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Look to Clean Energy for Future Careers in Minnesota’s Construction Industry

On Earth Day, President Biden announced that the United States is committing itself to cutting carbon emissions by 50% by the year 2030.

If you’re thinking about a career in Minnesota’s construction industry, this is good news, because to reach that goal, a number of changes will need to occur right here in Minnesota, such as building and maintaining more wind and solar farms, natural gas and hydrogen power plants, and adding more carbon capture systems.

As Minnesota transitions to a clean energy future, it will need more construction workers to build and maintain the infrastructure that delivers electricity and heat to Minnesota’s homes, businesses and public buildings.

The Minnesota State Building and Construction Trades Council is the advocate voice for unionized construction workers in Minnesota. Seventy thousand members strong, the Minnesota Building Trades has provided leadership and advocacy for construction workers in Minnesota for 70 years. PC: Minnesota State Building and Construction Trades Council

As Minnesota develops public policy to transition to a reliable, carbon-free energy future, Minnesota construction trade unions representing 70,000 union construction professionals, are advocating for secure, reliable, accessible and cost-affordable energy to ensure the long-term success for Minnesota workers and communities. This includes advocating that the people who work on clean energy projects have been properly trained through registered apprenticeship programs offered by Minnesota’s construction trades.

“Construction trades members are building and maintaining a state-of-the-art, leading-edge energy infrastructure that’s critical to our state’s future,” said Harry Melander, President of the Minnesota State Building and Construction Trades. “We need young people who want to be part of that future.”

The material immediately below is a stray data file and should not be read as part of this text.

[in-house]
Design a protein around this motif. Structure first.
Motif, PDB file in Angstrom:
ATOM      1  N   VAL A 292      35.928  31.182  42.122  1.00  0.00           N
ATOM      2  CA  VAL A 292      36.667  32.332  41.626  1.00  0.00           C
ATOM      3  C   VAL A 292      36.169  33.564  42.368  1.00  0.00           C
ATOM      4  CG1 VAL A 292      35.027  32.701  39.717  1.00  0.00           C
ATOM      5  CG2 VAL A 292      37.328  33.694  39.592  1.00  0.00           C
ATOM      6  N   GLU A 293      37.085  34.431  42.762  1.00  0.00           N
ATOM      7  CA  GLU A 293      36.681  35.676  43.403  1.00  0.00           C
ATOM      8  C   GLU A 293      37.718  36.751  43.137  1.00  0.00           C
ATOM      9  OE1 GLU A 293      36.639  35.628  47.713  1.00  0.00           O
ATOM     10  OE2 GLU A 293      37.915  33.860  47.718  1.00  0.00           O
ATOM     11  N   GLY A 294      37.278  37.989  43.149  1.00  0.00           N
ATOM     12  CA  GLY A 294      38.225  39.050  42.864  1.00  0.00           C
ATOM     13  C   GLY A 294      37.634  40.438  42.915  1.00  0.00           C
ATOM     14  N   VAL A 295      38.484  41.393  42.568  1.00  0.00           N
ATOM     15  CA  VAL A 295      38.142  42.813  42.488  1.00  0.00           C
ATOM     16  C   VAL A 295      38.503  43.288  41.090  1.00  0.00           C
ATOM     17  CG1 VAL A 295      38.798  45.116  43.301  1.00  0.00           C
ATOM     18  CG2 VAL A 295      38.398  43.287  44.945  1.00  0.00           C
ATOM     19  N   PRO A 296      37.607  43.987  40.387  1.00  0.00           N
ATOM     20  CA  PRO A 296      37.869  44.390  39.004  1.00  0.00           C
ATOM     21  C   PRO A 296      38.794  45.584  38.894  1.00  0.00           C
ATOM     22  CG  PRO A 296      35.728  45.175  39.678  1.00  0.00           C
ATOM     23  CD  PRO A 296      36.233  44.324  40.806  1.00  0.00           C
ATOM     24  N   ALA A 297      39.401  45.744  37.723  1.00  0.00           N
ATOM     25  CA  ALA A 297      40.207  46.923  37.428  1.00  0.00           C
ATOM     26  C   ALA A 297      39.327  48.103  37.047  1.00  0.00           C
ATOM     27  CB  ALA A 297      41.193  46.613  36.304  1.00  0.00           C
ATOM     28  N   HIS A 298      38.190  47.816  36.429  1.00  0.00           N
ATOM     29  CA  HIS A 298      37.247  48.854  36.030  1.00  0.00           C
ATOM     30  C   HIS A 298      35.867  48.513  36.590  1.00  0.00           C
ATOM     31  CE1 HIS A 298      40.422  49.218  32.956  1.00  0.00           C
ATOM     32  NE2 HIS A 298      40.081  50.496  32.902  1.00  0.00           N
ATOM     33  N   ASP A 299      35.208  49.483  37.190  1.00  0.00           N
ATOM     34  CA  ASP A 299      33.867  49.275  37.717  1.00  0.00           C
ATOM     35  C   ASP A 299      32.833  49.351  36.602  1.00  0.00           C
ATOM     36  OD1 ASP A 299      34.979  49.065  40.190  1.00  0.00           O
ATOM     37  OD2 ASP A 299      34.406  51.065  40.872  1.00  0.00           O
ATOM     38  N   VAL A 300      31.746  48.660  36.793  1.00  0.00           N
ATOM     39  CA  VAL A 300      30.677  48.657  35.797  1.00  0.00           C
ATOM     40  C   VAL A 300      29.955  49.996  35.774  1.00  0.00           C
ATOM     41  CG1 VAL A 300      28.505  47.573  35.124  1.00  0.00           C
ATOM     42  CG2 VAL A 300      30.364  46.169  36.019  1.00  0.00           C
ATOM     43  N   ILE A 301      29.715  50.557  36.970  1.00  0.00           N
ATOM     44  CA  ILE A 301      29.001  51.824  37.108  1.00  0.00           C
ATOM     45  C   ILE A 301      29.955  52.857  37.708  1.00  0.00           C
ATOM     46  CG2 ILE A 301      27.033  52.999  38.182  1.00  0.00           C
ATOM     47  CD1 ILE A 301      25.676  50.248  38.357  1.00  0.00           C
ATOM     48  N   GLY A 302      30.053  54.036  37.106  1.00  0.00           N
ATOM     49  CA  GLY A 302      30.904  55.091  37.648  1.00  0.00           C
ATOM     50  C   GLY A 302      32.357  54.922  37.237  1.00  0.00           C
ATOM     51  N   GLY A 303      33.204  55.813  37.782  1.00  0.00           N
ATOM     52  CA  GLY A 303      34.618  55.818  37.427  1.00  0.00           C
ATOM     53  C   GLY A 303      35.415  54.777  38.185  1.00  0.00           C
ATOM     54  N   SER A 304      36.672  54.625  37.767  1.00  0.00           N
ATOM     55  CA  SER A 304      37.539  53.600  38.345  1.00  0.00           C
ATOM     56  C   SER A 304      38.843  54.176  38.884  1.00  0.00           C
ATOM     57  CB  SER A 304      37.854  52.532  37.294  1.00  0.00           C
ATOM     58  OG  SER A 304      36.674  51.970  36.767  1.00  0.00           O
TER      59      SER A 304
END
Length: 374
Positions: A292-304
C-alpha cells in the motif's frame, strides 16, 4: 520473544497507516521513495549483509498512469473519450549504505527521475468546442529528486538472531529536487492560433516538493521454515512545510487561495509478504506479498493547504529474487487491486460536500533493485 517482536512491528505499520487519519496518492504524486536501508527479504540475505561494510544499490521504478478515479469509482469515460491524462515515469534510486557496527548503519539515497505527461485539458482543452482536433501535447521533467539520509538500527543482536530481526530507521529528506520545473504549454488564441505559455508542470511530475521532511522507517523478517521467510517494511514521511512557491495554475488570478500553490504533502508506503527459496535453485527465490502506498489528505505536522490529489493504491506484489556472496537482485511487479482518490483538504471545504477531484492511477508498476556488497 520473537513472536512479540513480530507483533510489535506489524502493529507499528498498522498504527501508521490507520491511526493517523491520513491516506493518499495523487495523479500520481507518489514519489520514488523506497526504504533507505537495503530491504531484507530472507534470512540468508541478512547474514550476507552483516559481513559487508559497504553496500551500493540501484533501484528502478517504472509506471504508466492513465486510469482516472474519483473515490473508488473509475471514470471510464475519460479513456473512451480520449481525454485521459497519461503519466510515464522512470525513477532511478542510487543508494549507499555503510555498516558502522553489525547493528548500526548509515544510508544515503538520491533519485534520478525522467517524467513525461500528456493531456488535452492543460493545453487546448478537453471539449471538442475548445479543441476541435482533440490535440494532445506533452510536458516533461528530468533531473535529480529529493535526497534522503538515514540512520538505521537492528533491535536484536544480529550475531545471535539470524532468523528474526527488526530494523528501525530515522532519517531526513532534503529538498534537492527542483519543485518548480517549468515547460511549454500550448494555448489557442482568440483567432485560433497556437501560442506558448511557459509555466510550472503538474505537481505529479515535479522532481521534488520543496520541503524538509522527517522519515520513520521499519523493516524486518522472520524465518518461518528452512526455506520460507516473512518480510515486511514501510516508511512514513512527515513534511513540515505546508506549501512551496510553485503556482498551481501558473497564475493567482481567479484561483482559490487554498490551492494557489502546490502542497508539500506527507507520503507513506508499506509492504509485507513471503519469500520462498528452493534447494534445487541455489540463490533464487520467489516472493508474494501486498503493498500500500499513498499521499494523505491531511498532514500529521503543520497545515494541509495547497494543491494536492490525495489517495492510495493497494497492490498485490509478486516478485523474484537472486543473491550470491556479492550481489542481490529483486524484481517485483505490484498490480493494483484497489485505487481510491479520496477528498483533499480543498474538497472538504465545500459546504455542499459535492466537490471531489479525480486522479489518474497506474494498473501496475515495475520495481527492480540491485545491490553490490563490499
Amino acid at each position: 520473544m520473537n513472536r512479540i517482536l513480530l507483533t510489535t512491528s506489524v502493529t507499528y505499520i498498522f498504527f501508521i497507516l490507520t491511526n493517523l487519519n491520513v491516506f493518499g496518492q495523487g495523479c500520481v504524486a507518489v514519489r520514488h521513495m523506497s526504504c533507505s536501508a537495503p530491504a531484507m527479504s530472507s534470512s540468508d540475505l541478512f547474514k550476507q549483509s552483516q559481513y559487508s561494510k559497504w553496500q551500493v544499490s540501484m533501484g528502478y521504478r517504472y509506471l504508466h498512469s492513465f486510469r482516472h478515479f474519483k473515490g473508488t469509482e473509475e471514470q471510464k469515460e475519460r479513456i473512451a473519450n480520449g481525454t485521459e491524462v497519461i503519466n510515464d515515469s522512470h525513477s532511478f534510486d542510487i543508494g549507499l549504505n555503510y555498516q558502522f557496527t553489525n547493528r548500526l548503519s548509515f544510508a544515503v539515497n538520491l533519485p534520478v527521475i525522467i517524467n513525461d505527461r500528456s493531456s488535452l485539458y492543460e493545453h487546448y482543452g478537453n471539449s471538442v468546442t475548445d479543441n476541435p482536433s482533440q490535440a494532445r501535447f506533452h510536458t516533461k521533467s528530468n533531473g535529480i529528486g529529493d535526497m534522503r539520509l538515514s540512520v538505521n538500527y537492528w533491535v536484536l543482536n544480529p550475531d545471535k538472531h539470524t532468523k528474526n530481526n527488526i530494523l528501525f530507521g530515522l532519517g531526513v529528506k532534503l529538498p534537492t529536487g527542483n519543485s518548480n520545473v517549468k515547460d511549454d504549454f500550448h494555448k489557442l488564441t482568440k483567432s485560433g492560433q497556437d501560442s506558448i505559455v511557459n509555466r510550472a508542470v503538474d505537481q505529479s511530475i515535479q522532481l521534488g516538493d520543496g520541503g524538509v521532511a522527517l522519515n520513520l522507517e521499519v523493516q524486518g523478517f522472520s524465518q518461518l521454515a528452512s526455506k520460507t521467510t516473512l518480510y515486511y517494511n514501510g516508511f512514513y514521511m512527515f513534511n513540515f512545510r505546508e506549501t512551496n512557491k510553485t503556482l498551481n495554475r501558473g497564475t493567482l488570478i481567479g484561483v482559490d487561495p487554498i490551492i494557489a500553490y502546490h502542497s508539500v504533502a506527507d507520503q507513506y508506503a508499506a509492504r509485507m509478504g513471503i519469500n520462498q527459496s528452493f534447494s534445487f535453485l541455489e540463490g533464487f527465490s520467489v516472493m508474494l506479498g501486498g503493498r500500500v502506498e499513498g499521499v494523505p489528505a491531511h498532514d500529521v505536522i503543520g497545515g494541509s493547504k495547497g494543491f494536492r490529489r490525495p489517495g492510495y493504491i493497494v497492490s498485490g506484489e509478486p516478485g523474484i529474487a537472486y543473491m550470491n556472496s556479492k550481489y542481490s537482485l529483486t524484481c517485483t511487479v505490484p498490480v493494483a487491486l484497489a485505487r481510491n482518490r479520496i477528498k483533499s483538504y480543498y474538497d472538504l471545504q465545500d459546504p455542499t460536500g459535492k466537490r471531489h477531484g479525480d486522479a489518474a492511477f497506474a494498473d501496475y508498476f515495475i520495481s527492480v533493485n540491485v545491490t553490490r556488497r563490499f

“Throughout Minnesota, high schools are seeing increased interest from students who want to take construction or hands-on courses to prepare them to work in Minnesota’s construction industry,” said Sarah Lechowich, Senior Director of the Construction Careers Foundation. “With the need for more construction workers in the future who will build Minnesota’s energy infrastructure, this is a window of opportunity for young people to earn a salary while gaining marketable skills that will benefit all Minnesotans.”

Minnesota’s Energy Infrastructure Priorities
Building an energy infrastructure that benefits all Minnesotans will require thoughtful planning, strategic investments, and critical policy decisions in the years to come. The Minnesota State Building and Construction Trades Council has identified eight critical energy policy priorities upon which to guide that process. These priorities include:

▪ Climate change must be addressed.
▪ Investments must be made in the operations, maintenance and repair of Minnesota’s current energy infrastructure.
▪ Investments must be made in the development and deployment of technologies such as solar, wind, nuclear, hydro-electric, carbon capture and utilization, battery storage and low carbon and electrified transportation.
▪ Investments must be made to increase energy efficiency in industrial, commercial and residential buildings, retrofit and upgrades to schools and public buildings, and to make our built environment safe and resilient.
▪ All work in the legacy, renewable, and energy efficiency sectors must be performed by the safest, most highly trained, skilled workers in Minnesota.
▪ Minnesota’s prevailing wages, labor and licensing standards are critical to successfully building the infrastructure for our clean energy future.
▪ A clean energy beneficial transition plan must address legacy energy workers and communities and ensure that all workers and communities are safe and respected.
▪ Energy must be reliable, accessible, and affordable.

“Minnesota’s energy infrastructure work is complex, and it will continue to evolve over time,” said Melander. “Our state needs the expertise of Minnesota construction trades professionals to build the infrastructure our state will need to meet President Biden’s climate change goals.”

To learn more about Minnesota’s energy infrastructure priorities, visit